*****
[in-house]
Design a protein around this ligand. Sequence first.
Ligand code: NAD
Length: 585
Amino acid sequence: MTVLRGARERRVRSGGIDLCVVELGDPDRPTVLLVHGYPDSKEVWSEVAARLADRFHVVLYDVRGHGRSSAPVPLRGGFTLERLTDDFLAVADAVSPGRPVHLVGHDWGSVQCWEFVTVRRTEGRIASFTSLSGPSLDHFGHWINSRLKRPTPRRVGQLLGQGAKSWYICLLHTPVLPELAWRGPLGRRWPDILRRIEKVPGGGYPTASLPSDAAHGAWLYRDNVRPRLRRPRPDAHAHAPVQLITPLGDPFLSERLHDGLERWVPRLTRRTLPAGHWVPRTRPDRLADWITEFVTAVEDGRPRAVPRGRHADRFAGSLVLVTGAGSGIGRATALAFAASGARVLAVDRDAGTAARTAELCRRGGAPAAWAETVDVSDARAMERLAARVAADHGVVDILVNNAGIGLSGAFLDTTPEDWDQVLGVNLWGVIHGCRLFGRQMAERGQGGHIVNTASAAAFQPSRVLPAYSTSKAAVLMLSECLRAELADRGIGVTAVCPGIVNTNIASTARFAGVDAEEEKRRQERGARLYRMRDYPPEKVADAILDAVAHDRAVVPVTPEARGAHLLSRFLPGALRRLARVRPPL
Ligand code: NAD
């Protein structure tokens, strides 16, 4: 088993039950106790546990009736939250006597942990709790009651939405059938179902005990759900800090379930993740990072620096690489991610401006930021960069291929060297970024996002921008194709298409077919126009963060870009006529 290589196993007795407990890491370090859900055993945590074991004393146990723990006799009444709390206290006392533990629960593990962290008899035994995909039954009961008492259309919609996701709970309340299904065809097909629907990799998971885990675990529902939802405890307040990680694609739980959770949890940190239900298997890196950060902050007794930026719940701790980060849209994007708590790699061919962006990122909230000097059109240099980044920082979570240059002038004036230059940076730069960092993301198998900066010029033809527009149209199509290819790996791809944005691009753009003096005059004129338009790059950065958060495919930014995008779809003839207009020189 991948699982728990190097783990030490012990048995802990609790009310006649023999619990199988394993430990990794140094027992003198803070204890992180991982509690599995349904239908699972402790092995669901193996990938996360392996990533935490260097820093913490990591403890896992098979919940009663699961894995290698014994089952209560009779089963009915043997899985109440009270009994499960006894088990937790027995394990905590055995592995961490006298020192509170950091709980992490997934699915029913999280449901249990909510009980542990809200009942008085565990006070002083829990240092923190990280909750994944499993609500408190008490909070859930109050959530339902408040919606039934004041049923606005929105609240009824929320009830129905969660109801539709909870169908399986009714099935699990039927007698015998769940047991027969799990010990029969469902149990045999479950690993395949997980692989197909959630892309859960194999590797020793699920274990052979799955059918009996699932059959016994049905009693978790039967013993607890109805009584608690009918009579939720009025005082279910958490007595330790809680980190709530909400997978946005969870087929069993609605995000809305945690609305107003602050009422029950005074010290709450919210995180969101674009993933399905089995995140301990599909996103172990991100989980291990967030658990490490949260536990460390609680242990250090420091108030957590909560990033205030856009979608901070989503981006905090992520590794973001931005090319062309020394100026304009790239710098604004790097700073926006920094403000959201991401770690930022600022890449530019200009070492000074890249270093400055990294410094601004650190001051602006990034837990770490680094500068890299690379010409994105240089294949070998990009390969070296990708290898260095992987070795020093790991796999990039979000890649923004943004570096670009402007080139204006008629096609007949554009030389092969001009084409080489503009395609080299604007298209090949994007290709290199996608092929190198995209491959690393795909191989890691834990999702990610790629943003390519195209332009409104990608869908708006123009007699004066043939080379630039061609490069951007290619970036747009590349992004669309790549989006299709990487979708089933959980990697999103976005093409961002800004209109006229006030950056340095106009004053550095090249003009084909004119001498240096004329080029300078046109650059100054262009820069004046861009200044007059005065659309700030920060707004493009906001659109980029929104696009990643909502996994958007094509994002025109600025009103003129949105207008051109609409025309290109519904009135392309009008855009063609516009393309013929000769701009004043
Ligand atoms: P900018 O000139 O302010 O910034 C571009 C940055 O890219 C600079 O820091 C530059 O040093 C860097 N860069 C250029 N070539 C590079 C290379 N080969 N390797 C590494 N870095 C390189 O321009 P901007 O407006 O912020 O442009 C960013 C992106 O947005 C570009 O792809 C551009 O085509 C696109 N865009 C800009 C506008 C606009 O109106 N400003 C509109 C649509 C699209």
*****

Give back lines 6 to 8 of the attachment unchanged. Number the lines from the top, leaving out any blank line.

Ligand code: NAD
């Protein structure tokens, strides 16, 4: 088993039950106790546990009736939250006597942990709790009651939405059938179902005990759900800090379930993740990072620096690489991610401006930021960069291929060297970024996002921008194709298409077919126009963060870009006529 290589196993007795407990890491370090859900055993945590074991004393146990723990006799009444709390206290006392533990629960593990962290008899035994995909039954009961008492259309919609996701709970309340299904065809097909629907990799998971885990675990529902939802405890307040990680694609739980959770949890940190239900298997890196950060902050007794930026719940701790980060849209994007708590790699061919962006990122909230000097059109240099980044920082979570240059002038004036230059940076730069960092993301198998900066010029033809527009149209199509290819790996791809944005691009753009003096005059004129338009790059950065958060495919930014995008779809003839207009020189 991948699982728990190097783990030490012990048995802990609790009310006649023999619990199988394993430990990794140094027992003198803070204890992180991982509690599995349904239908699972402790092995669901193996990938996360392996990533935490260097820093913490990591403890896992098979919940009663699961894995290698014994089952209560009779089963009915043997899985109440009270009994499960006894088990937790027995394990905590055995592995961490006298020192509170950091709980992490997934699915029913999280449901249990909510009980542990809200009942008085565990006070002083829990240092923190990280909750994944499993609500408190008490909070859930109050959530339902408040919606039934004041049923606005929105609240009824929320009830129905969660109801539709909870169908399986009714099935699990039927007698015998769940047991027969799990010990029969469902149990045999479950690993395949997980692989197909959630892309859960194999590797020793699920274990052979799955059918009996699932059959016994049905009693978790039967013993607890109805009584608690009918009579939720009025005082279910958490007595330790809680980190709530909400997978946005969870087929069993609605995000809305945690609305107003602050009422029950005074010290709450919210995180969101674009993933399905089995995140301990599909996103172990991100989980291990967030658990490490949260536990460390609680242990250090420091108030957590909560990033205030856009979608901070989503981006905090992520590794973001931005090319062309020394100026304009790239710098604004790097700073926006920094403000959201991401770690930022600022890449530019200009070492000074890249270093400055990294410094601004650190001051602006990034837990770490680094500068890299690379010409994105240089294949070998990009390969070296990708290898260095992987070795020093790991796999990039979000890649923004943004570096670009402007080139204006008629096609007949554009030389092969001009084409080489503009395609080299604007298209090949994007290709290199996608092929190198995209491959690393795909191989890691834990999702990610790629943003390519195209332009409104990608869908708006123009007699004066043939080379630039061609490069951007290619970036747009590349992004669309790549989006299709990487979708089933959980990697999103976005093409961002800004209109006229006030950056340095106009004053550095090249003009084909004119001498240096004329080029300078046109650059100054262009820069004046861009200044007059005065659309700030920060707004493009906001659109980029929104696009990643909502996994958007094509994002025109600025009103003129949105207008051109609409025309290109519904009135392309009008855009063609516009393309013929000769701009004043
Ligand atoms: P900018 O000139 O302010 O910034 C571009 C940055 O890219 C600079 O820091 C530059 O040093 C860097 N860069 C250029 N070539 C590079 C290379 N080969 N390797 C590494 N870095 C390189 O321009 P901007 O407006 O912020 O442009 C960013 C992106 O947005 C570009 O792809 C551009 O085509 C696109 N865009 C800009 C506008 C606009 O109106 N400003 C509109 C649509 C699209």